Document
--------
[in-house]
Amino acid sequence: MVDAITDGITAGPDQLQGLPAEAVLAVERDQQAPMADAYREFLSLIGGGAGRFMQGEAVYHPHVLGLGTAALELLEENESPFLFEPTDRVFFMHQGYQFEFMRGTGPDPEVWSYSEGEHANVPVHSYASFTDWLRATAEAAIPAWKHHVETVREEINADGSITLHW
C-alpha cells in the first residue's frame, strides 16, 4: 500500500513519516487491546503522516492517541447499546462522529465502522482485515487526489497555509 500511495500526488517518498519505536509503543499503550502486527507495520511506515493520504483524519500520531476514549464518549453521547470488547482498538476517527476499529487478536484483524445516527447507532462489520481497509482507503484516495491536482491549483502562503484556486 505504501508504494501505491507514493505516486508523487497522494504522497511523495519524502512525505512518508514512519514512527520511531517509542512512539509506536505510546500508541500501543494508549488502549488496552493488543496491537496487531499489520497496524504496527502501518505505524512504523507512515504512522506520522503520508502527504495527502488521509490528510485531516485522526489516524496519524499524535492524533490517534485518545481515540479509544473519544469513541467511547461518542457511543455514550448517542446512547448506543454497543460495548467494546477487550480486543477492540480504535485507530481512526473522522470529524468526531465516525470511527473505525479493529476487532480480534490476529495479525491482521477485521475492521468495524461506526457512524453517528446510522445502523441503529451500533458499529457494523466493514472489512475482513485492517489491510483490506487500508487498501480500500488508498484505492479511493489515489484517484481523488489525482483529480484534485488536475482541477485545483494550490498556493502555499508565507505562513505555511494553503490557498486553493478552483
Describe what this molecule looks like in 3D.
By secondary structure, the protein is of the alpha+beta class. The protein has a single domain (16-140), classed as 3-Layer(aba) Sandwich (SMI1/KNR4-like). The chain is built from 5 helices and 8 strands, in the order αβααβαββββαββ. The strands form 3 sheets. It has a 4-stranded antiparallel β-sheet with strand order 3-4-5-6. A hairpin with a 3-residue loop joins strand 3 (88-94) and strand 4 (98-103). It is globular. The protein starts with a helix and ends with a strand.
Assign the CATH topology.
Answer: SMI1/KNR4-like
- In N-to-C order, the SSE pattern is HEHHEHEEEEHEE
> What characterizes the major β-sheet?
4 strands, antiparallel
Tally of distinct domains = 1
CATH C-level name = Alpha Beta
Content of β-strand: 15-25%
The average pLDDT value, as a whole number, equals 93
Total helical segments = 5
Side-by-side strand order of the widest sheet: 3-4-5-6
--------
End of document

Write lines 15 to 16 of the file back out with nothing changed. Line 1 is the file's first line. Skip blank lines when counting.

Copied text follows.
Total helical segments = 5
Side-by-side strand order of the widest sheet: 3-4-5-6